The Sun in H-Alpha Light on 02-18-2024

By |February 22nd, 2024|Tags: , , , , , , , , , , , , , , , , , , , |

Finally not a cloud in the sky last Sunday, so I took a peek at the Sun!!!!

The Sun in Hydrogen-Alpha light with Active Sunspots, Prominence’s, and Filaments, basically a ton of fainter Prom activity today!

Sun is active and which means more spectacular Northern Lights for our Annual Aurora Photo Workshop in Alaska in a couple of weeks.
BTW, One spot left for 2024 (due to a last minute Medical Cancellation), any of you want to join us? Contact me ASAP
To see details for the March 12-18, 2024: (1 Space Left)

We have been teaching this workshop since 2014, this is our 10th year!!
And yes, we always see and capture the amazing Aurora every year.

Capture details:
Lunt 60mm/50F HA Solar Telescope, Bisque MyT Mount, BF12,
QHY5IIL Uncooled Cmos Camera, Fire-Capture Software, SER Video Capture, 15FPS, 700 frames Stacked in Autostakkert4, Registax6, Final in Adobe Raw CS 2024.
Seeing was boiling (bad) today, so it is not as good as I would have liked, but I still managed to pull out some details.
Captured from my backyard observatory in Dayton, Ohio on 02-18-2024 at 17:37 UT (12:37pm LT)

Best Regards,
John Chumack

The Boogeyman Dark Nebula – LDN 1622

By |February 22nd, 2024|Tags: , , , , , , , , , , , , , , , , , , |

The Boogeyman Dark Nebula – LDN 1622
This dark nebula shape looks like a mythical boogeyman.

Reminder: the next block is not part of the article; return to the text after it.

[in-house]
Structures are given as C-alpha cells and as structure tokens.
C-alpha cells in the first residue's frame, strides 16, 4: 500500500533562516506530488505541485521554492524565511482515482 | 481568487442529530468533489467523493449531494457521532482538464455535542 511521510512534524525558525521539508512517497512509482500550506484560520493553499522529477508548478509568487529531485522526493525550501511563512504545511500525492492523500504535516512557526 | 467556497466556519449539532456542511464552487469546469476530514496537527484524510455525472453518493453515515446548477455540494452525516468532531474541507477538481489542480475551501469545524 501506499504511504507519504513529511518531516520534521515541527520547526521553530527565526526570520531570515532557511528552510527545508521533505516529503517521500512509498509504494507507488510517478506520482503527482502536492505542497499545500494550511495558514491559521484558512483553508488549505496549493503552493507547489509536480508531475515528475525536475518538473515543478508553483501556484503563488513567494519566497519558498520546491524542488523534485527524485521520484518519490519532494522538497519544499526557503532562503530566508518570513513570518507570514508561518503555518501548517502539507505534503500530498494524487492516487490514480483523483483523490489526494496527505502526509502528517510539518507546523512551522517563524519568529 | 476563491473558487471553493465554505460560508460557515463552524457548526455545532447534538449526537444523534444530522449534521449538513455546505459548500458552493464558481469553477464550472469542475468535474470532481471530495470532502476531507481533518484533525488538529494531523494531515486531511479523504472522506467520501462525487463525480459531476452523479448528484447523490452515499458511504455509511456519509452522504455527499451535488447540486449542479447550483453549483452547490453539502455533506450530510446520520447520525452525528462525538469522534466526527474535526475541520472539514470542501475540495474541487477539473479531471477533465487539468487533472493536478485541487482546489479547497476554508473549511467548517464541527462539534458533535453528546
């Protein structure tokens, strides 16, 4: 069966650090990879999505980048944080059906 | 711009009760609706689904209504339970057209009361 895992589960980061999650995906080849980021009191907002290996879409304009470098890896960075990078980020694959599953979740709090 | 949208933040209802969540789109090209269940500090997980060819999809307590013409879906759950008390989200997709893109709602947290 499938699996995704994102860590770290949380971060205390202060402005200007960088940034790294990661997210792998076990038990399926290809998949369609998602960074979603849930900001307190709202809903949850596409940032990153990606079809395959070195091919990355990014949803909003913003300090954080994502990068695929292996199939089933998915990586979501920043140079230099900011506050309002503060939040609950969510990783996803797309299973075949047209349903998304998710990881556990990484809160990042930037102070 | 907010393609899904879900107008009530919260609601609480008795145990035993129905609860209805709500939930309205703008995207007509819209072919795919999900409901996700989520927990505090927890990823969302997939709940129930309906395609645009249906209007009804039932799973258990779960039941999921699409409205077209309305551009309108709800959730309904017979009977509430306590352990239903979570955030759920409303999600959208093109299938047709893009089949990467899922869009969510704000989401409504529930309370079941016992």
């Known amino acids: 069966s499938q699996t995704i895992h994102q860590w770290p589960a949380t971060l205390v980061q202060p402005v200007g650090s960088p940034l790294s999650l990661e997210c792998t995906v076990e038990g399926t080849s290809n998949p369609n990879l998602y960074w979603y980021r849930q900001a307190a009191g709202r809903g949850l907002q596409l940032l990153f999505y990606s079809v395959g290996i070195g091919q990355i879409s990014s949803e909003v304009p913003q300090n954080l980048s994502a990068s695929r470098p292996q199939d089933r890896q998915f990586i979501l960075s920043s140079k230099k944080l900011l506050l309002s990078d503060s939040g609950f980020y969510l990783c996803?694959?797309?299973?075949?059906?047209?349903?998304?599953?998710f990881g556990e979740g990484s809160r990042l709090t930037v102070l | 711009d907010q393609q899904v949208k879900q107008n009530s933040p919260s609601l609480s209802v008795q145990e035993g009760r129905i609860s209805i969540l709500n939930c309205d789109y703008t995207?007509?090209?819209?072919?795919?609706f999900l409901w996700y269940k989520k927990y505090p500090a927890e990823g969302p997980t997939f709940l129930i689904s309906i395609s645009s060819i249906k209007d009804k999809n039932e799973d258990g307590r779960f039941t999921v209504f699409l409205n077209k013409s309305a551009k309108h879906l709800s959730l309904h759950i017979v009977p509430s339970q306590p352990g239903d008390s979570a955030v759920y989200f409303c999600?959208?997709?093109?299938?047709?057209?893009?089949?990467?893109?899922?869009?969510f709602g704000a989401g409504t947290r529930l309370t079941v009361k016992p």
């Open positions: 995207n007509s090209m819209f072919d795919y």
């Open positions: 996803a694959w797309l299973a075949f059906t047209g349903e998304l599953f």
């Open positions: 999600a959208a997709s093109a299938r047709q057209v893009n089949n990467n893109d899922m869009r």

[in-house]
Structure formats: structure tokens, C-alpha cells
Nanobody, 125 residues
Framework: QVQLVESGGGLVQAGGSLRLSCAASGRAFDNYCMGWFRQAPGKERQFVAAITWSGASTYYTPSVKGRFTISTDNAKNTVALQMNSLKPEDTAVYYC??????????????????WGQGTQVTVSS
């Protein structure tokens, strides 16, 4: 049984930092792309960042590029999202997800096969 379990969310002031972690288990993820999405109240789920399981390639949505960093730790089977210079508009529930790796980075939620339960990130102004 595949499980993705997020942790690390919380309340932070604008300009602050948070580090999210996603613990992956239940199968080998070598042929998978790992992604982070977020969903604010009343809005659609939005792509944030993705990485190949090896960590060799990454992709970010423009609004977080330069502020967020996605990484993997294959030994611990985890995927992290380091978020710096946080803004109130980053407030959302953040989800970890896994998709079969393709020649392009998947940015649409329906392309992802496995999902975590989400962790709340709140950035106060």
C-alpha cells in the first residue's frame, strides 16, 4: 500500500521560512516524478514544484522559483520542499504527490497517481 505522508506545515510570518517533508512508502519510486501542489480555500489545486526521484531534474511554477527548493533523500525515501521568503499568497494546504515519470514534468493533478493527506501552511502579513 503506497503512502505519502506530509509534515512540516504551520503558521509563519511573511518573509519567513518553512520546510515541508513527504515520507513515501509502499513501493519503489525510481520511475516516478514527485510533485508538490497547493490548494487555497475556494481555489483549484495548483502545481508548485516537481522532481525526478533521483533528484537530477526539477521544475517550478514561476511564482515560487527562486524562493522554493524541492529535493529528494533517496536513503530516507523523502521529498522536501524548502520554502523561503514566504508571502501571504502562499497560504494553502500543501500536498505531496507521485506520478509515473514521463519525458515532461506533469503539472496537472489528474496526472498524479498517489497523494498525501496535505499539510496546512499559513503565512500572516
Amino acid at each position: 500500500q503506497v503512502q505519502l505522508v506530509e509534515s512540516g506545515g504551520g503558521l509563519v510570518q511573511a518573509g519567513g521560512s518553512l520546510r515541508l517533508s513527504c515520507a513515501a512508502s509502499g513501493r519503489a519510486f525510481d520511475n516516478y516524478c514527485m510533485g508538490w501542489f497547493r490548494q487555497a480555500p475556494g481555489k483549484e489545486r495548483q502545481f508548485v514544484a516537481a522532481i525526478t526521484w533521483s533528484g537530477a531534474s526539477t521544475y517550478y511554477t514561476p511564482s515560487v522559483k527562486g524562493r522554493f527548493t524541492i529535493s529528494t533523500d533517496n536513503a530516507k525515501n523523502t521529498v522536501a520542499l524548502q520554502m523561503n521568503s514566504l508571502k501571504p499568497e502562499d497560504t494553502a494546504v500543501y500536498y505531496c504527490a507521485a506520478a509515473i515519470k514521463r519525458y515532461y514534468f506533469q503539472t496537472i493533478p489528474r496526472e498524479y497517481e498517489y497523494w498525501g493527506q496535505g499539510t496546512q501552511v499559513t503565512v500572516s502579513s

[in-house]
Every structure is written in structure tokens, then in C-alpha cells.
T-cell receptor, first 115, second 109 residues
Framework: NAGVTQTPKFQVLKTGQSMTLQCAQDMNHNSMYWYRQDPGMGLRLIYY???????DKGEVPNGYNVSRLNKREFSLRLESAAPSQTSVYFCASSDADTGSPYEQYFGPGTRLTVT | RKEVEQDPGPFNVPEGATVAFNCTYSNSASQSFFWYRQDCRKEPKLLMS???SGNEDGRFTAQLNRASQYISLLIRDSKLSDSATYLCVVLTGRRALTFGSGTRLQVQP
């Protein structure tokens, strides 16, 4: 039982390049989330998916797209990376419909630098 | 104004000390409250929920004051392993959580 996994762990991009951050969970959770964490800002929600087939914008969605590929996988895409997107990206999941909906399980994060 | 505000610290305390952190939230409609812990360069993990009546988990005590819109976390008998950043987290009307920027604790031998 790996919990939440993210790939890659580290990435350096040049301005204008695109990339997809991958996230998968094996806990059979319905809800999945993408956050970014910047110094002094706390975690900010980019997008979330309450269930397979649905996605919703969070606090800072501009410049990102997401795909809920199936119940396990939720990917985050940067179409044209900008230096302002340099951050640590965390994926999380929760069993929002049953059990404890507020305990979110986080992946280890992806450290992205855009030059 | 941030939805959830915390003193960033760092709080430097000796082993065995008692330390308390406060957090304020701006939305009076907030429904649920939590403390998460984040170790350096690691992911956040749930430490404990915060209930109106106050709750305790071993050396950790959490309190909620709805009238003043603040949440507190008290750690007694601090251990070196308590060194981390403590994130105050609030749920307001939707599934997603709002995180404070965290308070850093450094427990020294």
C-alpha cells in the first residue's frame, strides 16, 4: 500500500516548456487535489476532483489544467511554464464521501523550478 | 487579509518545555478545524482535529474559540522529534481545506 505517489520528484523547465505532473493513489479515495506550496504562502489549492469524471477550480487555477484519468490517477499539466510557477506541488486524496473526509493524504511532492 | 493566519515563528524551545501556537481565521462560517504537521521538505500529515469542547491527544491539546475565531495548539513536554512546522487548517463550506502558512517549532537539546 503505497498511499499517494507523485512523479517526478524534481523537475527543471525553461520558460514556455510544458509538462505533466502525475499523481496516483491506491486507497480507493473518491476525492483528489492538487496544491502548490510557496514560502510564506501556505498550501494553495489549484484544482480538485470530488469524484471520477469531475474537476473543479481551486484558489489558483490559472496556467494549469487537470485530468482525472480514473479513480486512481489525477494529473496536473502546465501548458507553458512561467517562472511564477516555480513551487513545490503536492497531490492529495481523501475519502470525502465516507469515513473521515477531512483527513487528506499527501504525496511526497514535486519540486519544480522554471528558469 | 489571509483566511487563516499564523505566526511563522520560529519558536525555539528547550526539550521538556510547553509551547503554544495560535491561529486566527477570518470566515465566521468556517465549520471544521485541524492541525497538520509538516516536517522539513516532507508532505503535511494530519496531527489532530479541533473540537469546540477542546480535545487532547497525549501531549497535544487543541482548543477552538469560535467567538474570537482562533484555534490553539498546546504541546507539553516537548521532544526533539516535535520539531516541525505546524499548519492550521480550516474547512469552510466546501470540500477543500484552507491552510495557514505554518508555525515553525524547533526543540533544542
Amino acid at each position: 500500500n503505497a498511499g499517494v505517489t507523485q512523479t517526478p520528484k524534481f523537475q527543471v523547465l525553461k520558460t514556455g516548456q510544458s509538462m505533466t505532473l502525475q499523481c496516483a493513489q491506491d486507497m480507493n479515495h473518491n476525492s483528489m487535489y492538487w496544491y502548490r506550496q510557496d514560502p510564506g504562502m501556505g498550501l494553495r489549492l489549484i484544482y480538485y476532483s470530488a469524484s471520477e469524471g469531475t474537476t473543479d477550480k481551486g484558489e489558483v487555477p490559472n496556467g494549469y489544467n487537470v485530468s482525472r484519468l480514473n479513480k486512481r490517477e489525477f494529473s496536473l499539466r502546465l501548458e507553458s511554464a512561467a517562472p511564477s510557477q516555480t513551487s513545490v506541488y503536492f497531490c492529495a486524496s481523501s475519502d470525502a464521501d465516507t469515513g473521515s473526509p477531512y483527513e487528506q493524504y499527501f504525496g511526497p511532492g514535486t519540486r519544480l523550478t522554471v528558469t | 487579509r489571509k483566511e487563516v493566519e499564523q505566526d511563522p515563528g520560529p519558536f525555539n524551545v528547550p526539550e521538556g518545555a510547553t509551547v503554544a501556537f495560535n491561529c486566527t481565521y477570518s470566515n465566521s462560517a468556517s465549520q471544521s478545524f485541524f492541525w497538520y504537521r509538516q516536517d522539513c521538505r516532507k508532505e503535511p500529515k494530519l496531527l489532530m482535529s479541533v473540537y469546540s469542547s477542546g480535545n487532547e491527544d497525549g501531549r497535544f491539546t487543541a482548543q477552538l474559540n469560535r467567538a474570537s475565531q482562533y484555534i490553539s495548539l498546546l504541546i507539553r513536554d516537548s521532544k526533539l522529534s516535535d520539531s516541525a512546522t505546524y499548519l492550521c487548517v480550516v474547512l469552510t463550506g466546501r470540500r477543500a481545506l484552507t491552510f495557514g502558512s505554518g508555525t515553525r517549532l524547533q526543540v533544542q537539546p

Scientifically its known as Lynds’ Dark Nebula (LDN) 1622 appears against a faint background of glowing hydrogen gas only visible in long exposures of the region. It is located about 1500 light years from Earth toward the constellation Orion.

Immediately to the right of the boogeyman’s head is the bright reflection nebula VdB62, and Vdb63 is directly below the dark nebula,
The massive bright yellow/orange Star above the Boogeyman is 56-Orionis, a variable Star and close-double star.

You can also see part of Barnard’s Loop in the upper right corner of the frame in this image.

RASA 8 inch F2.2 Scope, ZWO 294MC Cooled Cmos Camera, AM5 Mount, L-Quad Filter, ASI Air Plus, via WiFi to I-Pad, 7 x 300 sec. subs, 35 minutes total on 02-04-2024. Captured from my observatories at JBSPO in Yellow Springs, Ohio.

Best Regards,
John Chumack

M31 The Great Andromeda Spiral Galaxy – Optolong L-Quad Filter

By |February 15th, 2024|

M31 The Great Andromeda Spiral Galaxy, and the two little galaxies(M32, M110) are gravitationally bound to M31.
M31 is a Sister Galaxy to our own Milky Way Galaxy, its the closest spiral to us, located at 2.5 million light years away.
In 6 billion years from now, the Andromeda Galaxy will collide with our Milky Way and create a new much more Massive Galaxy (Milkdromeda)!
Visible with the Unaided eye from a dark location, and looks great in binoculars too!
Capture details, another quick test with the L-quad filter.
RASA 8 inch F2.2 Telescope, ZWO AM5 Mount,ZWO 294MC cooled Cmos Camera, Optolong L-Quad 2″ Filter, EAF,
I only managed to get 25 minutes of use-able data due to high cirrus clouds, but it turned out okay for such a short exposure.
5 x 300sec, ASI Air Plus, via Wi-Fi to my I-Pad on 02-04-2024. Processed in DSS, Pixinsight, and Adobe Raw CC 2024.

Best Regards,
John Chumack

M45 The Pleiades Star Cluster or The Seven Sisters on 02-04-2024

By |February 10th, 2024|Tags: , , , , , , , , , , , , , , , , , , |